WASHINGTON (Army News Service, July 10, 2012) --- The Army is well on its way to accomplishing its goal of building and remodeling lodging facilities at 42 bases in both the United States and Puerto Rico.

So far, six hotels have been renovated and ground has been broken for two new ones as part of the Army's plan to reduce costs to itself and improve lodging facilities for Soldiers and their families.

The six renovated facilities are located at Fort Polk, La.; Fort Hood, Texas; Fort Sill, Okla.; Fort Rucker, Ala.; Fort Wainwright, Alaska and Fort Hamilton, N.Y. The two still in the process of being built are Fort Sam Houston, Texas, and Fort Riley, Kan.

The goal of privatization is to cut down on renovation costs that are not in the Army's budget but still improve the quality of life on-base hotels. After discovering in 2003 that 80 percent of Army lodging facilities failed to meet standard, the Army began brainstorming ways to address the issue. Improvements to facilities, it was discovered, would come with a hefty price tag.

"The estimated requirement for new construction and renovation to bring the facilities to the standard was $1.2 billion," said Rhonda Hayes, the chief of capital ventures for the deputy assistant secretary of the Army for installations and environment.

In 2005, the Military Housing Privatization Initiative was designed to keep the cost of the renovations down.

"We privatized 10 installations in 2009, we did another 11 in August of 2011, and then the final 21 installations will be done by next spring," Hayes said. This means that the legal matters and paperwork will be complete at this time, from which point the seven-year building and renovations process begins.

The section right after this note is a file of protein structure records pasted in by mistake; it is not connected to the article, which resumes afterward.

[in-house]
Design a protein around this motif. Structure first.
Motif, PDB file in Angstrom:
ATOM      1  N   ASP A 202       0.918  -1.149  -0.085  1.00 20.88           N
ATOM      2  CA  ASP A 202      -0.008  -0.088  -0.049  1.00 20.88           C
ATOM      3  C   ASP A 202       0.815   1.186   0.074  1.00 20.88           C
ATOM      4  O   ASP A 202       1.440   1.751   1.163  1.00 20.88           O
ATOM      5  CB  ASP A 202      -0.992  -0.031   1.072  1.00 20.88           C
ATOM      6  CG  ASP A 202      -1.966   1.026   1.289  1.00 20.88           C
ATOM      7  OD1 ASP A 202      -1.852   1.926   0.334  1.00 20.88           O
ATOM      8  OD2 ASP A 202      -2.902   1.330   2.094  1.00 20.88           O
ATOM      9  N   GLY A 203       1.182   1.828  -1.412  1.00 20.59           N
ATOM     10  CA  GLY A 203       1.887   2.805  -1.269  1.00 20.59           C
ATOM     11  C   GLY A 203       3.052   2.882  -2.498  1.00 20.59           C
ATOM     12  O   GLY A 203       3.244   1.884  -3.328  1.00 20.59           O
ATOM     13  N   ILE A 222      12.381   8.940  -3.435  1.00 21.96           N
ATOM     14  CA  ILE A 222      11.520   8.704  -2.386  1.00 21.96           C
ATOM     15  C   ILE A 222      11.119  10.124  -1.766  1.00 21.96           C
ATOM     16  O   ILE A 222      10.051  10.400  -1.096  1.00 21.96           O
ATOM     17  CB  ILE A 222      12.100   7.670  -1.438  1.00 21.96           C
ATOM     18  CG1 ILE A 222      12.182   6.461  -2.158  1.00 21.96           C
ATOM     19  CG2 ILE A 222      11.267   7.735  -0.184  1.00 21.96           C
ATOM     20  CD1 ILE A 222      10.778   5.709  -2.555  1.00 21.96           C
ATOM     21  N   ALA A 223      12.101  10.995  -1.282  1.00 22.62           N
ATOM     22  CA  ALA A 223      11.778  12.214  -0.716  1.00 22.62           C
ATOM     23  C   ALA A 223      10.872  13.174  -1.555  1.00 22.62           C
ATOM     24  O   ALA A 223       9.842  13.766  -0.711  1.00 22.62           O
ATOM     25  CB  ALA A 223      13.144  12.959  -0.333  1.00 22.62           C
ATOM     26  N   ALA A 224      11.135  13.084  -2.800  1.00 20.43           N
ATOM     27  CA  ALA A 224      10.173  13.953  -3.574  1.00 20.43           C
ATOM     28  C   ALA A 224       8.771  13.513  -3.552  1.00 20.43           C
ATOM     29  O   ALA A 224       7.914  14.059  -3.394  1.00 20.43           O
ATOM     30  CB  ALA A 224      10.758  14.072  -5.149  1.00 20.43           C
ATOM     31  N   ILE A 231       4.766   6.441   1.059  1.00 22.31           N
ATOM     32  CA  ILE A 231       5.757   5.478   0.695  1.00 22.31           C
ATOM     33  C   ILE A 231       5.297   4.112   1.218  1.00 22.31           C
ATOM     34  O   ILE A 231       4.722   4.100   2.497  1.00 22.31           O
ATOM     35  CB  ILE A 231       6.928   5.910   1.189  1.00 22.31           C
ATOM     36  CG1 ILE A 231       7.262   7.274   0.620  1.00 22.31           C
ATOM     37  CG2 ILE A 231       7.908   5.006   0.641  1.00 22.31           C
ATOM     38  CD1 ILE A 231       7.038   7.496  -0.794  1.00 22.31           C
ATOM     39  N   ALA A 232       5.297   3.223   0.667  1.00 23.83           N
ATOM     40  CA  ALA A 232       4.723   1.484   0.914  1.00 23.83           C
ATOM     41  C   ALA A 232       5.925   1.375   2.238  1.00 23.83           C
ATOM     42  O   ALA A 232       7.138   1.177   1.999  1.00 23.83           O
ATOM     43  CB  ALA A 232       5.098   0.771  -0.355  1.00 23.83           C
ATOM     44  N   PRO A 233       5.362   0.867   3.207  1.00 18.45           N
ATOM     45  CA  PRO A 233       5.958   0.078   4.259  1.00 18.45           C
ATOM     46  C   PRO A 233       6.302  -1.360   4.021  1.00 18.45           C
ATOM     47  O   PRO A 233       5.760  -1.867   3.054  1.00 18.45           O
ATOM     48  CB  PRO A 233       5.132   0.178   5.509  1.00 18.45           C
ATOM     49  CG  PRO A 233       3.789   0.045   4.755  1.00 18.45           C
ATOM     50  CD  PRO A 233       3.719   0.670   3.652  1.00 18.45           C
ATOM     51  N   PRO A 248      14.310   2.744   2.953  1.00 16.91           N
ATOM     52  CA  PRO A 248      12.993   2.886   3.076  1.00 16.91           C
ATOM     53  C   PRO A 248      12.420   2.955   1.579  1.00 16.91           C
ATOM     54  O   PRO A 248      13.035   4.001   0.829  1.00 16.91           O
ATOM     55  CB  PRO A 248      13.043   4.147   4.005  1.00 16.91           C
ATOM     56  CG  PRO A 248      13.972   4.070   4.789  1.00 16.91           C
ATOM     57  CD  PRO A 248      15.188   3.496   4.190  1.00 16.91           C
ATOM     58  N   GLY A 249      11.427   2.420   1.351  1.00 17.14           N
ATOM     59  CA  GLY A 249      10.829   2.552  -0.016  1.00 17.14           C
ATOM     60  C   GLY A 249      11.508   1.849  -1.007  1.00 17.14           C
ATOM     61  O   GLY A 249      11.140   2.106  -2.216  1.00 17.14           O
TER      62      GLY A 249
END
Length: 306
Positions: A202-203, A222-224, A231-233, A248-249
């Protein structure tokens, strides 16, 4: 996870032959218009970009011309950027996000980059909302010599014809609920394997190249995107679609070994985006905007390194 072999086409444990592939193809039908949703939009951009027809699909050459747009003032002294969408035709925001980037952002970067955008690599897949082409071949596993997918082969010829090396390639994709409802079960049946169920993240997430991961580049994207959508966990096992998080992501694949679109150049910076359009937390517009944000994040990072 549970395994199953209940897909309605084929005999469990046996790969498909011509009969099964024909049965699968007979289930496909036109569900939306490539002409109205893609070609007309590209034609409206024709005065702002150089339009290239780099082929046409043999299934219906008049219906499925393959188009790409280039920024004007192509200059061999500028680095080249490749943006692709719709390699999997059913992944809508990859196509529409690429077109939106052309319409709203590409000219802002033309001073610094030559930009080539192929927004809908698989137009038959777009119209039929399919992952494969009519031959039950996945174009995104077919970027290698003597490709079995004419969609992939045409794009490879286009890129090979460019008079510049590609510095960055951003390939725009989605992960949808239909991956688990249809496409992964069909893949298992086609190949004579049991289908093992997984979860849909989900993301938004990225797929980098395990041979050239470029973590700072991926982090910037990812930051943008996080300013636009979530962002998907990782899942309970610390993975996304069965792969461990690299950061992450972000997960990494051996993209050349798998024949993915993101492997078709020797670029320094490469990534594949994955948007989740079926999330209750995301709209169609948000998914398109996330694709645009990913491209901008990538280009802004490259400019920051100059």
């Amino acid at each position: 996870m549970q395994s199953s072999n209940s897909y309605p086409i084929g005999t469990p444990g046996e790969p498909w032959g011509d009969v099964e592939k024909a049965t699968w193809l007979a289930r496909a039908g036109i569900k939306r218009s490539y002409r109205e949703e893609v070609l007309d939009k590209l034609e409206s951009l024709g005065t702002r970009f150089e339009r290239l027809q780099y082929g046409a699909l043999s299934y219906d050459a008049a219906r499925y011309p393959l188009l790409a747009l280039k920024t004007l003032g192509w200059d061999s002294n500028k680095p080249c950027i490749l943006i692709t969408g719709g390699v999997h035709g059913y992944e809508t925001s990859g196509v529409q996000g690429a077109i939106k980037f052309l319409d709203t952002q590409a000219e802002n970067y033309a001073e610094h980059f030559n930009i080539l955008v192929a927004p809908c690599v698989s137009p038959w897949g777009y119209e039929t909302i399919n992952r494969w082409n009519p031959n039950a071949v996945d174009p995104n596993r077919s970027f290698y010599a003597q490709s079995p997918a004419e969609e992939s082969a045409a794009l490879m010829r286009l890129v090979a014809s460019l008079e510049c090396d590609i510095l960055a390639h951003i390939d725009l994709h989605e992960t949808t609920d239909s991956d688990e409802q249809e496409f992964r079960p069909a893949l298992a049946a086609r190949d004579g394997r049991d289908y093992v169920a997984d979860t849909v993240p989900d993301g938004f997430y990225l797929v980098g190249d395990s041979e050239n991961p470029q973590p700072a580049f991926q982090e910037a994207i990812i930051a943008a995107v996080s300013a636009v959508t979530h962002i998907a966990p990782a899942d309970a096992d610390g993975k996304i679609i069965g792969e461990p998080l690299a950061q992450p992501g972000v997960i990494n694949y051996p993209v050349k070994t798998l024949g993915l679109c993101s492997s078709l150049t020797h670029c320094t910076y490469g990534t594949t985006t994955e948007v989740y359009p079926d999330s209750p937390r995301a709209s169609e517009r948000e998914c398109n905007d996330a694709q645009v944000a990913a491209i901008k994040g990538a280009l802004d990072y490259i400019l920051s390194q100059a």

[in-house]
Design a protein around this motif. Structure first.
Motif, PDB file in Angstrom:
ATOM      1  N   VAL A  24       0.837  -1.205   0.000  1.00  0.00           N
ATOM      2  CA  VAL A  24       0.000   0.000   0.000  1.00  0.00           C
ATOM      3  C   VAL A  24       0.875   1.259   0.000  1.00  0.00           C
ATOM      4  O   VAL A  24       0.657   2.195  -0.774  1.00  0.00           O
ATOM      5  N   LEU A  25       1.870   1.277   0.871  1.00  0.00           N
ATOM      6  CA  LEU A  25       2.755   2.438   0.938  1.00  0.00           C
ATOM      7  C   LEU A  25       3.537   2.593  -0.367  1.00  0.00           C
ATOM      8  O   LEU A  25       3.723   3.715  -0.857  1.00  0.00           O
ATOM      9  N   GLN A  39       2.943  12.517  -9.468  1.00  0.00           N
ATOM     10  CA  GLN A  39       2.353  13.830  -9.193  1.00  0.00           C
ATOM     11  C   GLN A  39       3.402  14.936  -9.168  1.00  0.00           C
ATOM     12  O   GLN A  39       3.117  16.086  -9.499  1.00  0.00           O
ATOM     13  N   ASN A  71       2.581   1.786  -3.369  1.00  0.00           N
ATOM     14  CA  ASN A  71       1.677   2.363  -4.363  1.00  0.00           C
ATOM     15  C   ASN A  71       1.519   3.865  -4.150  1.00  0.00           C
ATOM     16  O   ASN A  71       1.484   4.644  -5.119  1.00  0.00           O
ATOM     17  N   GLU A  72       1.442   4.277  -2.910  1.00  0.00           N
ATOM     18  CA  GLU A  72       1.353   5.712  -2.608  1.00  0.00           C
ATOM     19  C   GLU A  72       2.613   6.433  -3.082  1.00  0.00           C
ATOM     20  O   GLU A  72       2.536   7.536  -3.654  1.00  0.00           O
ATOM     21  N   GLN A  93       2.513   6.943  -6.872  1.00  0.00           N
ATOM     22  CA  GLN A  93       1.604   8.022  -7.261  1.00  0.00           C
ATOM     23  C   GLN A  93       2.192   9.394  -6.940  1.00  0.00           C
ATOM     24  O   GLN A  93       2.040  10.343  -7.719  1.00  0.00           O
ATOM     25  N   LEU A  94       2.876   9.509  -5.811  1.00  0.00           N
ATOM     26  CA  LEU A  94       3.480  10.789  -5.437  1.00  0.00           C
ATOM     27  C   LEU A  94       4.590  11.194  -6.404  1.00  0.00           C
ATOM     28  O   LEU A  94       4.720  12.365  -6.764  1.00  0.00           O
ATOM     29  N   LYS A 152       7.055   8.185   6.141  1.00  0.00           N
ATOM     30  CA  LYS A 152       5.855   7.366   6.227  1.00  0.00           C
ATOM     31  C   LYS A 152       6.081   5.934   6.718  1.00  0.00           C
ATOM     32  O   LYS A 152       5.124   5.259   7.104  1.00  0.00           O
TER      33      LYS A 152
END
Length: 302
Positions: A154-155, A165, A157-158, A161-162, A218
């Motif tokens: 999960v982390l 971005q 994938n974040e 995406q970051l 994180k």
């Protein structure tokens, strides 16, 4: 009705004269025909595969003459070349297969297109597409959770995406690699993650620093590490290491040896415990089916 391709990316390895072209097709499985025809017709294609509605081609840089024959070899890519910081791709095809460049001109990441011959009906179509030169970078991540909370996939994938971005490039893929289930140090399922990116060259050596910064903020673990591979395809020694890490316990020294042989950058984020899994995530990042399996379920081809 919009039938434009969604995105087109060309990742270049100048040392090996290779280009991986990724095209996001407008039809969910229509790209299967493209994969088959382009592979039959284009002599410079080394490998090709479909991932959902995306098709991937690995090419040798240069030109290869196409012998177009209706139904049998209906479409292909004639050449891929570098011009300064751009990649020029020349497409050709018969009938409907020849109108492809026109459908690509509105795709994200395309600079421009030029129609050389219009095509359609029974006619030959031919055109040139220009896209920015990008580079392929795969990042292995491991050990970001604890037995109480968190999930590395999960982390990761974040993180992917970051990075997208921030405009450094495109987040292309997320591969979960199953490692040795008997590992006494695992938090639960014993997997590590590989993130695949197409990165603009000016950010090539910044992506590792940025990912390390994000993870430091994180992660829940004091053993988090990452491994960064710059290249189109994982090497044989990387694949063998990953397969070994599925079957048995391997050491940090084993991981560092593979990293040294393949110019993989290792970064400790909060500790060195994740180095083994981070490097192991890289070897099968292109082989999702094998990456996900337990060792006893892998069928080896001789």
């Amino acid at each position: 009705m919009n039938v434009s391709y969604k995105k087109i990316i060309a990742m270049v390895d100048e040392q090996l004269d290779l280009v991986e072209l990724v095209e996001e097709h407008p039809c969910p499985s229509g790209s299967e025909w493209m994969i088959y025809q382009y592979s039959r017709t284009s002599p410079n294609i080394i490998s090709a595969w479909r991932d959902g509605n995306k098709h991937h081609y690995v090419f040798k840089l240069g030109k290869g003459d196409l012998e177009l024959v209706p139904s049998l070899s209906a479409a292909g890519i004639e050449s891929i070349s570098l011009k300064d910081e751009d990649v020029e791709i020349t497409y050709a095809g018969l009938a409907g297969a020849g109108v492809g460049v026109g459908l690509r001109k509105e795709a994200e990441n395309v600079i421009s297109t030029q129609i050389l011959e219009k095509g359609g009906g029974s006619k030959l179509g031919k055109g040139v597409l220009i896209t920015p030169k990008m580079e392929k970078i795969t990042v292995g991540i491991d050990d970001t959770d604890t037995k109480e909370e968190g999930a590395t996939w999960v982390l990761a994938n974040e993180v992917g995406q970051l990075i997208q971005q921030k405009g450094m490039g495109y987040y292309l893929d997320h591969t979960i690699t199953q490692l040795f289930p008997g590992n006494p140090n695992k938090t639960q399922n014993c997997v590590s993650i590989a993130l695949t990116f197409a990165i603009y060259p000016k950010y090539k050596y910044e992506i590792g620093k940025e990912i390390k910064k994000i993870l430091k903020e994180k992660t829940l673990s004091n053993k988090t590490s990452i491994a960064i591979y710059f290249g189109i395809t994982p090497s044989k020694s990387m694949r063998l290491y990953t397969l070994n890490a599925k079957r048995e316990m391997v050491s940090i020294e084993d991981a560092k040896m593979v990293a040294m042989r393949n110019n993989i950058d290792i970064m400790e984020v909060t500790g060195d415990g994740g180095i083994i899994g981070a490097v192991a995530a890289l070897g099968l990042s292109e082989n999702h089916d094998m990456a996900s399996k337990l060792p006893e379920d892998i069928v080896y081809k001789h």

In terms of how Soldiers and their families will benefit from the transition, Hayes is optimistic that they will notice the improved condition of the lodging, especially for those who plan on long-term stays.

"Our hope is that [the changes] will be transparent to them," she said. "[The hotels] will actually be upgraded and things have been done to preserve them."

Original Army hotels are being converted to the Holiday Inn Express model, while new hotels that are being built are designed using a Candlewood Suite model.

Both brands fall under the InterContinental Hotels & Resorts parent company. Hayes said having a common standard ensures the same excellent condition from hotel to hotel, regardless of location, and that guests stand to receive the same benefits at a base hotel as they would at a regular hotel. Amenities include, among other things, reward points for club members and free breakfasts.

The Army is also taking into account Soldiers who may need to stay at on-base hotels for an extended amount of time, such as for a months-long training period. Hayes said the Candlewood Suites model was picked because it caters to long-term guests and features home-like conveniences such as kitchenettes and work spaces.

"It's more of a long-term stay type of property," she said. "A Soldier may go and work two weeks to six months in training, so it's a different type of environment."

As part of the privatization of Army lodging facilities, the Army conveys existing facilities and the land they sit on to a qualified partner for a 50-year lease. The partner improves the existing facility, or builds a new facility, using private money. The partner also operates and maintains the new facility.

The entire hotel-privatization development is estimated to be completed by spring 2020, will span 42 installations, and will include 14,300 rooms.

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